"This man really needs no introduction." A cheerful MC held his arm out and gestured at the celebrity making his way onto the stage. "William Shatner!"
The crowd of fans applauded. Some made the Vulcan salute, and yet others screamed, "Denny Crane!"
When the noise died down, Bill leaned on the podium and took a deep breath. Still smiling, he said, "Funny how no one screams T.J. Hooker or 911 when I walk out at these things." He laughed along with the crowd, and then launched into a question and answer session. Most of the questions were about Star Trek, his "feuds" with George Takei and Carrie Fisher, and what he thought of the end of Boston Legal. His whole tone changed when someone asked if he and Spader would ever work together again.
Bill sighed. "He hasn't spoken to me since he watched the first episode of . . . the Show that Will Not Be Named. Nimoy won't take my calls either. I had to throw I am Not Spock in his face, but he countered with Kingdom of the Spiders, and I knew if we went one for one on embarrassments, he'd kick my ass. I make Priceline commercials, for god's sake."
A murmur went through the crowd. Bill held a hand up. "Look, I know the show was a bit . . . underdone. I know the actors who played my sons and my daughter-in-law were . . . overdone. And as . . . that character . . . I was just . . . ." He sighed again. "I was done. You've got me. I was phoning it in. It was a nice check and a chance to be on TV again."
He held his hands up. "It meant that Boston ending wasn't also the end of my career. You can't really blame me for that, can you?"
His eyes met a woman's in the front row. She clutched two dolls in one hand--Spock and Kirk, judging by the tunic colors. Neither of them appeared to be wearing pants. He'd noticed her when he walked out, because he'd sworn she'd been pushing them together as if they were kissing. Or something. She wore a deerstalker and a T-shirt that bore a picture of a giant fish. He had no idea that a little ripcord on the Spock doll, when pulled, had the Vulcan saying, "Captain, the needs of the one must be tended immediately. It's Pon Farr time," or perhaps he would have broken even sooner.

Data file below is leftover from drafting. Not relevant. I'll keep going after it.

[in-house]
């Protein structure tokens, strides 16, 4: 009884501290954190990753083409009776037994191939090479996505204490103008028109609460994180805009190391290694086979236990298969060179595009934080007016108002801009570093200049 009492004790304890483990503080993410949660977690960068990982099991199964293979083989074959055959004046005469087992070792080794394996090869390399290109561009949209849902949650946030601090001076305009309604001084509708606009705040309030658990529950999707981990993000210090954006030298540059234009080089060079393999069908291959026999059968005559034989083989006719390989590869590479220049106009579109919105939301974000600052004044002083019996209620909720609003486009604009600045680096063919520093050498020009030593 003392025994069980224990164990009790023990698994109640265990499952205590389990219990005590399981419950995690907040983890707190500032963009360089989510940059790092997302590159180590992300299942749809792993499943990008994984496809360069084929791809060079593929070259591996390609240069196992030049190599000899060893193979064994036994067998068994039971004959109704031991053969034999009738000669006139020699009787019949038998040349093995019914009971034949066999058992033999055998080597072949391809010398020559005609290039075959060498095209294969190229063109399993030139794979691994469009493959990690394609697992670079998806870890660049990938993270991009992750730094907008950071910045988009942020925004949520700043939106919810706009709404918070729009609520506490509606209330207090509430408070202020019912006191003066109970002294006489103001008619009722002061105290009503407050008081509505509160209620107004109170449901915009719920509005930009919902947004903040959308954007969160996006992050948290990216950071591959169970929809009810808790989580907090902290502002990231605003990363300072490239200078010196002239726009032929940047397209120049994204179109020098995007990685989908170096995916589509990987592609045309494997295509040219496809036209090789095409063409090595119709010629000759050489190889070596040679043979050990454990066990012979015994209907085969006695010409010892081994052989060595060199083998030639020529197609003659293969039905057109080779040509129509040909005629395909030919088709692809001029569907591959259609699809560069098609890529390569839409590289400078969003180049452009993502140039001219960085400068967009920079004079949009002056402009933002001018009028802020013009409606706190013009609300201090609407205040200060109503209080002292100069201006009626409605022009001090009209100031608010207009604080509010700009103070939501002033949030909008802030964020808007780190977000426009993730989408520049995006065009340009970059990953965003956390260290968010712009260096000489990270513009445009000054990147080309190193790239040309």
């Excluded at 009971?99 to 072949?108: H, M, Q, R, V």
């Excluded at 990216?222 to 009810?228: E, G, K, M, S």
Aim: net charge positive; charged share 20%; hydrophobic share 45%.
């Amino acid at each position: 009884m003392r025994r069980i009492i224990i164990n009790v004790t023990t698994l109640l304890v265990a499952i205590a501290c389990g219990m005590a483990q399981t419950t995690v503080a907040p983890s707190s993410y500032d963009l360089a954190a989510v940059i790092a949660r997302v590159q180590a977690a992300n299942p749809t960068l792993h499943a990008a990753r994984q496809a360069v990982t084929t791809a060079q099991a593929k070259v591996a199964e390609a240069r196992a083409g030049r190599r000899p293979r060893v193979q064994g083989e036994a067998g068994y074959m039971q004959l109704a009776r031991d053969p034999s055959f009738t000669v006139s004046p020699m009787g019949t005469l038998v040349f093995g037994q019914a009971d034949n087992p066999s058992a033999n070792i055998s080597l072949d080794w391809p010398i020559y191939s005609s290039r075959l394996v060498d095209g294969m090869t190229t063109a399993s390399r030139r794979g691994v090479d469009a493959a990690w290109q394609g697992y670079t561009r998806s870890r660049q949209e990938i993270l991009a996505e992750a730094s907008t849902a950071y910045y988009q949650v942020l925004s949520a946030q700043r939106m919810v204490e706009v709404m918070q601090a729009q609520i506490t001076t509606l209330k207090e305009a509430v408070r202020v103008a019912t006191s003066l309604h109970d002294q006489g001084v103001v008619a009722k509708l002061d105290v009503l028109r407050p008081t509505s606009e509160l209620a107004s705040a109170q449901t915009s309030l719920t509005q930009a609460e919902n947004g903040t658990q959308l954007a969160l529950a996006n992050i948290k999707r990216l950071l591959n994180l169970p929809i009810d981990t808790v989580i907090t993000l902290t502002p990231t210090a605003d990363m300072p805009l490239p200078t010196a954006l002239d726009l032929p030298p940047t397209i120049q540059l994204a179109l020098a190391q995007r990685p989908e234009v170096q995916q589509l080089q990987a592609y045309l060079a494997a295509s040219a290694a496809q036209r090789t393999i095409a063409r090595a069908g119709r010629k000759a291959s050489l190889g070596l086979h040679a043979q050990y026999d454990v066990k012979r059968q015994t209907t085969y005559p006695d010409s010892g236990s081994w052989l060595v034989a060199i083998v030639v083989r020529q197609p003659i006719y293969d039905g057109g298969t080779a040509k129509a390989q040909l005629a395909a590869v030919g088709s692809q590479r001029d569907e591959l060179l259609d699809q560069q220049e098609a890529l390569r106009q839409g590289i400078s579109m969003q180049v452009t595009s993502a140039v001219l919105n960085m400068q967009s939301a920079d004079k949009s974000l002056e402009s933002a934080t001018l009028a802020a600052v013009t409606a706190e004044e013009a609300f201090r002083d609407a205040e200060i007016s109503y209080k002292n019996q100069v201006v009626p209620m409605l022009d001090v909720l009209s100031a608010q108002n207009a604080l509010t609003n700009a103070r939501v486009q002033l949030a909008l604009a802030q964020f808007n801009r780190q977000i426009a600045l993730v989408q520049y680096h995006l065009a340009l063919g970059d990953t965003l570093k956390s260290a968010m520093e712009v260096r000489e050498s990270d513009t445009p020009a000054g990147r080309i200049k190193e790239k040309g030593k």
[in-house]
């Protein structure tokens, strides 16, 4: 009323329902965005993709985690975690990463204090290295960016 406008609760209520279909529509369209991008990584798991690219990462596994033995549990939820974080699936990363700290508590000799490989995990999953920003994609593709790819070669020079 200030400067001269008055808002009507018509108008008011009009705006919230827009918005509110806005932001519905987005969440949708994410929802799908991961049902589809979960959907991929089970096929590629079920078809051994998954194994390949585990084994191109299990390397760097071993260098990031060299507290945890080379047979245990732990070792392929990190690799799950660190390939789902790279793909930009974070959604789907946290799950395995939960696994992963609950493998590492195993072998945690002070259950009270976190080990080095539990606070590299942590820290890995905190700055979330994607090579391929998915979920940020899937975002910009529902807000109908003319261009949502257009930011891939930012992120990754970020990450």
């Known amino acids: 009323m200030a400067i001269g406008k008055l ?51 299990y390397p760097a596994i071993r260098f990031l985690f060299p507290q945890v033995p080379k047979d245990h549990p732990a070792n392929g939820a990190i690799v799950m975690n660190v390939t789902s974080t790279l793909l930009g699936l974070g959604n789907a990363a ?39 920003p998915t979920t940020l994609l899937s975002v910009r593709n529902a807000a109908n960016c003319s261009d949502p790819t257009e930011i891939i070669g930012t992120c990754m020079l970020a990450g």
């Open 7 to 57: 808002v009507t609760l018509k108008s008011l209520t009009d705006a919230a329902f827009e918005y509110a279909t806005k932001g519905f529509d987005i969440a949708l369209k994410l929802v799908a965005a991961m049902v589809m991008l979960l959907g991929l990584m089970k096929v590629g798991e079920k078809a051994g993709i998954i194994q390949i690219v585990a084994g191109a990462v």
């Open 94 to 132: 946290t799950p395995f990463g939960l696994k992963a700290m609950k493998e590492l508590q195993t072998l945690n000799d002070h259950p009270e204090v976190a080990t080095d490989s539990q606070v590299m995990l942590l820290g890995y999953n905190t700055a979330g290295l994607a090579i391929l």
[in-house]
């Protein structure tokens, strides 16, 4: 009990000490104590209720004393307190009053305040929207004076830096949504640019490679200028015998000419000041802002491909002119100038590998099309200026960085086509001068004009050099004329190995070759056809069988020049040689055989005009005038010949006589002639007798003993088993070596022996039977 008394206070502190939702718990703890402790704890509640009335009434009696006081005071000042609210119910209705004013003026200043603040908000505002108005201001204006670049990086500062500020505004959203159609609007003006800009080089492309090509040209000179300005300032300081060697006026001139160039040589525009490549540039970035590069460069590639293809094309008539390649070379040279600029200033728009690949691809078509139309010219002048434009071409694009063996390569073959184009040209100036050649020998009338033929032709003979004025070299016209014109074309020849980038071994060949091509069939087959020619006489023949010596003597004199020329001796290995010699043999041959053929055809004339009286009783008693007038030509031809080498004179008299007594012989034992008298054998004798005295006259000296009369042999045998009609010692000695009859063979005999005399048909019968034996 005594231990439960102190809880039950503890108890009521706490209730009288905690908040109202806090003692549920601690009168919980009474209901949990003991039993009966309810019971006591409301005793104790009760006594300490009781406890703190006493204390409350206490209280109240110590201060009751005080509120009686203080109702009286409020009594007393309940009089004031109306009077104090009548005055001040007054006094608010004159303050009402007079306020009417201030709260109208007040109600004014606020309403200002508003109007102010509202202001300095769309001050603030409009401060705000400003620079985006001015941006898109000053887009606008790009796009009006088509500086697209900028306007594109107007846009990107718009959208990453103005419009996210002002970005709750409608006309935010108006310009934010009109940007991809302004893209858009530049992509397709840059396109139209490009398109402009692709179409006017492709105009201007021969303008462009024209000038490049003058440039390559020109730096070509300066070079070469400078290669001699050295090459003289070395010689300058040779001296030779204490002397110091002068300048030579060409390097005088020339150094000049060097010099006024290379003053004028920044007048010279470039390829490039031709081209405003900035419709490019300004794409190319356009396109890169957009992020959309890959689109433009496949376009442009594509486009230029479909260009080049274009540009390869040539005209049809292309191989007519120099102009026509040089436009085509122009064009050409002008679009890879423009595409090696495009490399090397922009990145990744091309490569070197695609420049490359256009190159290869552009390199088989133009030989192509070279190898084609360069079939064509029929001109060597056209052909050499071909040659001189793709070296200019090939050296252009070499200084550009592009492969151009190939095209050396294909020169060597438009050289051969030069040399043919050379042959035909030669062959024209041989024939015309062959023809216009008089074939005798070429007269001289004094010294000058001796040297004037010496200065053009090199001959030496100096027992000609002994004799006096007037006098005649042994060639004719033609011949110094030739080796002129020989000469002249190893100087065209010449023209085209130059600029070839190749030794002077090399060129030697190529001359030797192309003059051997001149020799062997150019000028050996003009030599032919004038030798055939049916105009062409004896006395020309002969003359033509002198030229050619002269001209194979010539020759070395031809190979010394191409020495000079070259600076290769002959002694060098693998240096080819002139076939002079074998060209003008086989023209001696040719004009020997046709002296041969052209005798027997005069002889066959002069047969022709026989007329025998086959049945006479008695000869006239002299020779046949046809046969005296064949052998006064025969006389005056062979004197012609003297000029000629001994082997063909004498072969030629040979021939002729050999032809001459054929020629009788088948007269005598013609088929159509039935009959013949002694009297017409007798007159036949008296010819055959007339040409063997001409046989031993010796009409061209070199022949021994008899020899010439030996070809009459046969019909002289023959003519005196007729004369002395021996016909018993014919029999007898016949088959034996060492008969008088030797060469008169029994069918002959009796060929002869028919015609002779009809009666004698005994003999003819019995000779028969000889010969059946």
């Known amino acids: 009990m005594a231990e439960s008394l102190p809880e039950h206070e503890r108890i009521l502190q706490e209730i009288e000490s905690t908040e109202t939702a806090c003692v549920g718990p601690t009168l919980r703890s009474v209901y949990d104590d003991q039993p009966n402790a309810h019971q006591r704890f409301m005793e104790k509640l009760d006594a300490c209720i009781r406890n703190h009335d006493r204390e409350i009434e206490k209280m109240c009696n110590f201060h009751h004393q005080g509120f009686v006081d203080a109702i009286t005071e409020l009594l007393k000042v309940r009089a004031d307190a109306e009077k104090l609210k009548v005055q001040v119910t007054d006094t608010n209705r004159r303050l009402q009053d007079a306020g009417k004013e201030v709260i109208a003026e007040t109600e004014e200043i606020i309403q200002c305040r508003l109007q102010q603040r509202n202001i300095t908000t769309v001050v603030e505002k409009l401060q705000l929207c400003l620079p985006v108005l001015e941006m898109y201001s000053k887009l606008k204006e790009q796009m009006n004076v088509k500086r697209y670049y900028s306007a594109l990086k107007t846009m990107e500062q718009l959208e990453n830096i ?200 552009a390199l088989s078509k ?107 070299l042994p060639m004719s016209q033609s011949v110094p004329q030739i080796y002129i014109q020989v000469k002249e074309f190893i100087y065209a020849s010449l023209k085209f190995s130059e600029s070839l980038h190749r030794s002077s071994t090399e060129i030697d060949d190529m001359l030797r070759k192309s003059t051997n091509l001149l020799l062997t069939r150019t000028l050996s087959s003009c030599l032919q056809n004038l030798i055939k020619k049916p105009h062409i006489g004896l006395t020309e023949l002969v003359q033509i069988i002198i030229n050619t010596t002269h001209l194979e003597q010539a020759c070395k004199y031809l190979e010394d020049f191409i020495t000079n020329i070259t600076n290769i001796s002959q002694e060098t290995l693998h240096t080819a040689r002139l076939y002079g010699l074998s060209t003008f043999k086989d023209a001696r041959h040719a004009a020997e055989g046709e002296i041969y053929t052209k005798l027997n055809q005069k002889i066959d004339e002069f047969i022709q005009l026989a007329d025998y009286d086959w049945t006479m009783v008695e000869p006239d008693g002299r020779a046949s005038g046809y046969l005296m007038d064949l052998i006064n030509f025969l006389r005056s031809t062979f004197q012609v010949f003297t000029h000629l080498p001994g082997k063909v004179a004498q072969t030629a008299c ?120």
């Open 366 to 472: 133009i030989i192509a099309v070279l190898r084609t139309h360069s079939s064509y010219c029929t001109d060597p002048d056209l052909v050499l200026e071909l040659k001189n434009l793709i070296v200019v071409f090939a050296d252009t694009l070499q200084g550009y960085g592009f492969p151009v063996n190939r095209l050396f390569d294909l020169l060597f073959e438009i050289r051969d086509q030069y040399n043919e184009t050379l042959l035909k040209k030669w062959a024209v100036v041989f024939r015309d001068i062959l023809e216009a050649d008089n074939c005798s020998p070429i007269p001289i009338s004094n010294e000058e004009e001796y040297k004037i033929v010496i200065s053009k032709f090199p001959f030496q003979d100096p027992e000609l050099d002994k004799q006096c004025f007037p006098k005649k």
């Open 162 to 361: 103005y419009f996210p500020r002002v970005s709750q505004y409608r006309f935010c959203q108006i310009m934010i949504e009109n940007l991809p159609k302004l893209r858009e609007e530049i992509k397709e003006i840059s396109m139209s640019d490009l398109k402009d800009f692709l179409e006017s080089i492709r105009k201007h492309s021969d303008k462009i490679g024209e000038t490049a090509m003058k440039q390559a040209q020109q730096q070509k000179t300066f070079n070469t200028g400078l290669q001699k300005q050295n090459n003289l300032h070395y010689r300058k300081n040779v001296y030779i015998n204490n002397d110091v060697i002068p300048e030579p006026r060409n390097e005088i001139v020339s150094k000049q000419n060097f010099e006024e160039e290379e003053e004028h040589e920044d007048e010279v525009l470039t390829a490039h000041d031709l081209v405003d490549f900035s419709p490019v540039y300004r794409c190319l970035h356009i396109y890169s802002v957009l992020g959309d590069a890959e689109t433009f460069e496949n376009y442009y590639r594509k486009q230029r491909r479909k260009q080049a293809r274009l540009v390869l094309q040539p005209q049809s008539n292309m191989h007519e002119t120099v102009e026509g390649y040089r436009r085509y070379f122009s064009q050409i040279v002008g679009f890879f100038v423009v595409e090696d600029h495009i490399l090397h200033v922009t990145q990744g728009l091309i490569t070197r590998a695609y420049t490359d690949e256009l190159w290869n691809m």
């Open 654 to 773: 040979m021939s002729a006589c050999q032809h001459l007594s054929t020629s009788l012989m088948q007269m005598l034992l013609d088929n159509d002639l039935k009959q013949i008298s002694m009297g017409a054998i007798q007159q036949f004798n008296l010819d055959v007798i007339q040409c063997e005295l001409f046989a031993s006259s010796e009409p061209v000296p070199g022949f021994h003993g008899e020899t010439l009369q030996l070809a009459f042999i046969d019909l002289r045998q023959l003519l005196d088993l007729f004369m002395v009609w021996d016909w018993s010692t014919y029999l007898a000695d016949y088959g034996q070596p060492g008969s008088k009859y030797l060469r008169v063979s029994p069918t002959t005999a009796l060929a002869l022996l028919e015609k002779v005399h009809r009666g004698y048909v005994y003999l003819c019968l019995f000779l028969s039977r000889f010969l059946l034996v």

The woman's eyes said that they could blame him. Oh, they most certainly could.
"Shit," he whispered. "I'm sorry." He gestured dramatically, in a Kirk-like fashion, as if Romulans were powering up their phasers and they were on the fringes of the Neutral Zone. "There, I said it. Sorry! Forgive me! I made a mistake, and I won't ever do something like that again. I'll let Spader look at the scripts before I sign contracts, like he suggested, and I'll consult with Nimoy before I get excited about something, so he'll start inviting me over again. I'm sorry for the show, and that I didn't storm out after the first hour of having to play off those other people, and having to bug my eyes out and act as if I might be overmedicated. Please don't hold any of this against me, Captain Kirk, or any of my future endeavors. Thank you."
He stepped away to leave and waved,
but then leaned in and added, "While I'm at it,
let me apologize for Lucy in the
Sky with Diamonds. I don't even remember
recording that. I think someone dropped
something in my drink. Okay, drive safely,
everybody. Call me, Leonard!"
I know whether the literary Holmes wore a deerstalker often enough to be iconic is a point of contention, and there's probably really no such talking doll in existence except perhaps in my fevered imagination, but I'm 100% sure, with a reasonable amount of certainty about the possibility that there's a chance that the rest is historically accurate and precisely as it happened, or may happen in an alternate future timeline. Or the past. Though, probably not.
At least I can swear that I really had forgiven him for the song.